Labor Leader & Activist
Karen Nussbaum was born in Chicago, Illinois on April 25, 1950. She attended the University Chicago for a year and a half. She became an activist in the anti-Vietnam War movement and worked with Jane Fonda. She moved to Boston while supporting herself as a clerical worker at Harvard University. She earned a B.A. from Goddard College in 1975. In 1973 Nussbaum co-founded and was the first director of 9to5, National Association of Working Women and was the founding president of 9to5’s sister organization, the union District 925, SEIU. The two organizations were a leading force in the emerging working women’s movement and the growth of women’s organizing in unions. In contrast to many labor organizations, 9to5 focused on the plight of mainstream working women, many of whom were performing the same work as men but for lower pay. Within just a few years the organization had gained national attention and, in 1981, it joined with the SEIU to form a partnership known as District 925. Nussbaum served as director of District 925 from 1981 to 1993 when she stepped down to join the Clinton Administration. She held the position of director of the Department of Labor Women’s Issues, the highest ranking position devoted to women’s issues in the government for three years before joining the AFL-CIO, and was the head of the Working Women’s Department of the AFL-CIO from 1996-2001. In 2003, Karen started Working America at the AFL-CIO, reaching out to unorganized working people in working class communities across the country. Today, Working America has 3.5 million members, people who otherwise are not part of the progressive movement. Nussbaum and her husband have three children.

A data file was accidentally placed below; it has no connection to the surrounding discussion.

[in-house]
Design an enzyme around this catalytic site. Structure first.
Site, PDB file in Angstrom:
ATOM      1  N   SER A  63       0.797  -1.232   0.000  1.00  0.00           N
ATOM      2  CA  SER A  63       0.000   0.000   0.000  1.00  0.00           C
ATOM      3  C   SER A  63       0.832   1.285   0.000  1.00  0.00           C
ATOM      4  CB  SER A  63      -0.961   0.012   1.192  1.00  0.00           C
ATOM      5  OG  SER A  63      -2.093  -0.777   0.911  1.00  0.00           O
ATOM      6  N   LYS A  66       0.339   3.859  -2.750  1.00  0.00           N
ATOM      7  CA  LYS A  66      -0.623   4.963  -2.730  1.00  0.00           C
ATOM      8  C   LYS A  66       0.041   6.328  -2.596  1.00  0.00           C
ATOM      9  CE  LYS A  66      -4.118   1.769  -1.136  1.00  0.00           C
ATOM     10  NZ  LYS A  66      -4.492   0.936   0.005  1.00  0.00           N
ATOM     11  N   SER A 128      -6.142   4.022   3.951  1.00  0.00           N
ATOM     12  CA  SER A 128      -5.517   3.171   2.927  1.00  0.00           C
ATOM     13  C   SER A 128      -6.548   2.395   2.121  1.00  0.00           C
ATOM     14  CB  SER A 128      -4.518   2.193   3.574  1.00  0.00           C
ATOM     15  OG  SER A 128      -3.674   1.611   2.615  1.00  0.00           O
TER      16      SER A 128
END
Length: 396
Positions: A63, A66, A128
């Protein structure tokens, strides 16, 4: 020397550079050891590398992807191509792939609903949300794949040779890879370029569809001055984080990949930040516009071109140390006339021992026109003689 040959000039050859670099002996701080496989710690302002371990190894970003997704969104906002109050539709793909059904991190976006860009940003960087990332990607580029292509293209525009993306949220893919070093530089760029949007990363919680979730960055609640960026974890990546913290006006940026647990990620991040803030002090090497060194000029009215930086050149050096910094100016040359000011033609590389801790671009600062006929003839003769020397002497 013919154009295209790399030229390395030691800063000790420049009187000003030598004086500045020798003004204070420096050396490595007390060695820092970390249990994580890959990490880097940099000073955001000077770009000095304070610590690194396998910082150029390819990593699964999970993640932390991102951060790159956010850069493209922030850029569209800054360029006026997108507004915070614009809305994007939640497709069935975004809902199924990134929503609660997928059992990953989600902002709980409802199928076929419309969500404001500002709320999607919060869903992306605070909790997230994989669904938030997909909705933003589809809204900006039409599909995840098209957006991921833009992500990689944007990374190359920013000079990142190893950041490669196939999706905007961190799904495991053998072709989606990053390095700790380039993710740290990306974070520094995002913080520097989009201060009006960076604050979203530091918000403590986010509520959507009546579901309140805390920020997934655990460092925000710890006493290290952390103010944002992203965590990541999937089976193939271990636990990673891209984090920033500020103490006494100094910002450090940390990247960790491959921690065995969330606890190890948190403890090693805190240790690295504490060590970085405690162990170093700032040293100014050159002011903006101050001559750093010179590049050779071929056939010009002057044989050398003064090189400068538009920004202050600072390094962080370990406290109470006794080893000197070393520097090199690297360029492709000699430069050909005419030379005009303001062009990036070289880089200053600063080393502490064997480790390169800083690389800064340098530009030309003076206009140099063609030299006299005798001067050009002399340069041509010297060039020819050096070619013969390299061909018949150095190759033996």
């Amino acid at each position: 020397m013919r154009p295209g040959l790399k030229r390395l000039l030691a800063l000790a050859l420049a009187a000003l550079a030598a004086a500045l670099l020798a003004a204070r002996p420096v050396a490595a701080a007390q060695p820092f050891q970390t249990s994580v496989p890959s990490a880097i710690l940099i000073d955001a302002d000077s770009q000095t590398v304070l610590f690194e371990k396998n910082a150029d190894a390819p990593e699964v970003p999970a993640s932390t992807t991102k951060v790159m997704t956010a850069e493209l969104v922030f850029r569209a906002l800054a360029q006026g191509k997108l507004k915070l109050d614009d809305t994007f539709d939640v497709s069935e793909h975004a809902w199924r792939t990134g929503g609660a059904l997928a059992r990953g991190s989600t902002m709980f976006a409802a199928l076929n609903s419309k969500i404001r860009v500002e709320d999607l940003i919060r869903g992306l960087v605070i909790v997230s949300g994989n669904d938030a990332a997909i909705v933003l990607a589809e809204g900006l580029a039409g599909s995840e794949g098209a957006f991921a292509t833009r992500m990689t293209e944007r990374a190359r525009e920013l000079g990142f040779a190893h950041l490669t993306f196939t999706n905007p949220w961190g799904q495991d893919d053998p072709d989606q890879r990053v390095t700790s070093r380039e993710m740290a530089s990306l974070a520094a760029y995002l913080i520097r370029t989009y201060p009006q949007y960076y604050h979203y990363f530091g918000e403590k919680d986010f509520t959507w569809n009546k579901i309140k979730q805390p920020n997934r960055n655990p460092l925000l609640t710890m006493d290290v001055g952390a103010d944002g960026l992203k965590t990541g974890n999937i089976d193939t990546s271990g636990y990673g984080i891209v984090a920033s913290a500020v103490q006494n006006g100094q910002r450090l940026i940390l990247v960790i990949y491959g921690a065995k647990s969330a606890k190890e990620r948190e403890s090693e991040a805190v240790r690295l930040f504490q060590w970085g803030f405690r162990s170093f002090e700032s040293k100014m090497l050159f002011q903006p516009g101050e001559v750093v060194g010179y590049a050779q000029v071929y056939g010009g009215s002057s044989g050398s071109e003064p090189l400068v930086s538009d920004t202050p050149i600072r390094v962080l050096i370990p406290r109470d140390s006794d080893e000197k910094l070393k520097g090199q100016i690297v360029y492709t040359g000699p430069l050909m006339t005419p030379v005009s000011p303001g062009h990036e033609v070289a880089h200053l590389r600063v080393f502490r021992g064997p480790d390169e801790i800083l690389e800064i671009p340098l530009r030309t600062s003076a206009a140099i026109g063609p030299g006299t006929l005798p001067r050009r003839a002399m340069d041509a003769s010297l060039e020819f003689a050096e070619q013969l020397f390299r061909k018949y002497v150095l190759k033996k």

"Don't let words be the enemy of your ideas."